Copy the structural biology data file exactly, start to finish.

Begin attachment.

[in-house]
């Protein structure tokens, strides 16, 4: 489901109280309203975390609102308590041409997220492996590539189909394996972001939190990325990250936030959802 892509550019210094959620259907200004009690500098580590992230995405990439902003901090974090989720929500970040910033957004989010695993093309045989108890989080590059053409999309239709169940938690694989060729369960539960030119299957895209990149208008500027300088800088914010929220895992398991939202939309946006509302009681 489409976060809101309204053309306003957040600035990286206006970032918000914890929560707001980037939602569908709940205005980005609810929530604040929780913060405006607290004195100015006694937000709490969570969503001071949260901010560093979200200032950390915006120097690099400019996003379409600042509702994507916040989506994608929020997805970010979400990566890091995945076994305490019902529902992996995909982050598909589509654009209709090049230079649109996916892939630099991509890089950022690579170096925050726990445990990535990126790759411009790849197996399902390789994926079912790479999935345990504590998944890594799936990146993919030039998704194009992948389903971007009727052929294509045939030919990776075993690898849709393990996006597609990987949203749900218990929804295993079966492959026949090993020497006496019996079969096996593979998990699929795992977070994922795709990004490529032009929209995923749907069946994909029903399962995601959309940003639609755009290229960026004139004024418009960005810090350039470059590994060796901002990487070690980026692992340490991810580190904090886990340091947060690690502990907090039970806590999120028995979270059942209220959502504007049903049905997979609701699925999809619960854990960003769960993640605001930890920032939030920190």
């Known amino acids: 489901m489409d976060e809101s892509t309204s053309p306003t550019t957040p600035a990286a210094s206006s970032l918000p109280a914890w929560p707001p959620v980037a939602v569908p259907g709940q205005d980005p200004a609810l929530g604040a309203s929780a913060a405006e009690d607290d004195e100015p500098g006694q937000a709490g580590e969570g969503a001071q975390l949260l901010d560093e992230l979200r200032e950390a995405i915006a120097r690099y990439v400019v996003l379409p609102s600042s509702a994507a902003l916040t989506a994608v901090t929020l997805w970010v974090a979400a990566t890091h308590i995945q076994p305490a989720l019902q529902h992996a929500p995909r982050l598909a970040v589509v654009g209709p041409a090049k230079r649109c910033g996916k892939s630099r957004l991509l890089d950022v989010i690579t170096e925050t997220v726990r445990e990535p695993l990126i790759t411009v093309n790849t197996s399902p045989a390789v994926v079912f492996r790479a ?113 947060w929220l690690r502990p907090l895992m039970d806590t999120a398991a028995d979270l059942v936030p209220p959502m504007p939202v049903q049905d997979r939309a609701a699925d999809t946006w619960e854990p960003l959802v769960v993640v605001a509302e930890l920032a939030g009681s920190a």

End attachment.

[in-house]
């Protein structure tokens, strides 16, 4: 489901109280309203975390609102308590041409997220492996590539189909394996972001939190990325990250936030959802 892509550019210094959620259907200004009690500098580590992230995405990439902003901090974090989720929500970040910033957004989010695993093309045989108890989080590059053409999309239709169940938690694989060729369960539960030119299957895209990149208008500027300088800088914010929220895992398991939202939309946006509302009681 489409976060809101309204053309306003957040600035990286206006970032918000914890929560707001980037939602569908709940205005980005609810929530604040929780913060405006607290004195100015006694937000709490969570969503001071949260901010560093979200200032950390915006120097690099400019996003379409600042509702994507916040989506994608929020997805970010979400990566890091995945076994305490019902529902992996995909982050598909589509654009209709090049230079649109996916892939630099991509890089950022690579170096925050726990445990990535990126790759411009790849197996399902390789994926079912790479999935345990504590998944890594799936990146993919030039998704194009992948389903971007009727052929294509045939030919990776075993690898849709393990996006597609990987949203749900218990929804295993079966492959026949090993020497006496019996079969096996593979998990699929795992977070994922795709990004490529032009929209995923749907069946994909029903399962995601959309940003639609755009290229960026004139004024418009960005810090350039470059590994060796901002990487070690980026692992340490991810580190904090886990340091947060690690502990907090039970806590999120028995979270059942209220959502504007049903049905997979609701699925999809619960854990960003769960993640605001930890920032939030920190």
């Known amino acids: 489901m489409d976060e809101s892509t309204s053309p306003t550019t957040p600035a990286a210094s206006s970032l918000p109280a914890w929560p707001p959620v980037a939602v569908p259907g709940q205005d980005p200004a609810l929530g604040a309203s929780a913060a405006e009690d607290d004195e100015p500098g006694q937000a709490g580590e969570g969503a001071q975390l949260l901010d560093e992230l979200r200032e950390a995405i915006a120097r690099y990439v400019v996003l379409p609102s600042s509702a994507a902003l916040t989506a994608v901090t929020l997805w970010v974090a979400a990566t890091h308590i995945q076994p305490a989720l019902q529902h992996a929500p995909r982050l598909a970040v589509v654009g209709p041409a090049k230079r649109c910033g996916k892939s630099r957004l991509l890089d950022v989010i690579t170096e925050t997220v726990r445990e990535p695993l990126i790759t411009v093309n790849t197996s399902p045989a390789v994926v079912f492996r790479a ?113 947060w929220l690690r502990p907090l895992m039970d806590t999120a398991a028995d979270l059942v936030p209220p959502m504007p939202v049903q049905d997979r939309a609701a699925d999809t946006w619960e854990p960003l959802v769960v993640v605001a509302e930890l920032a939030g009681s920190a």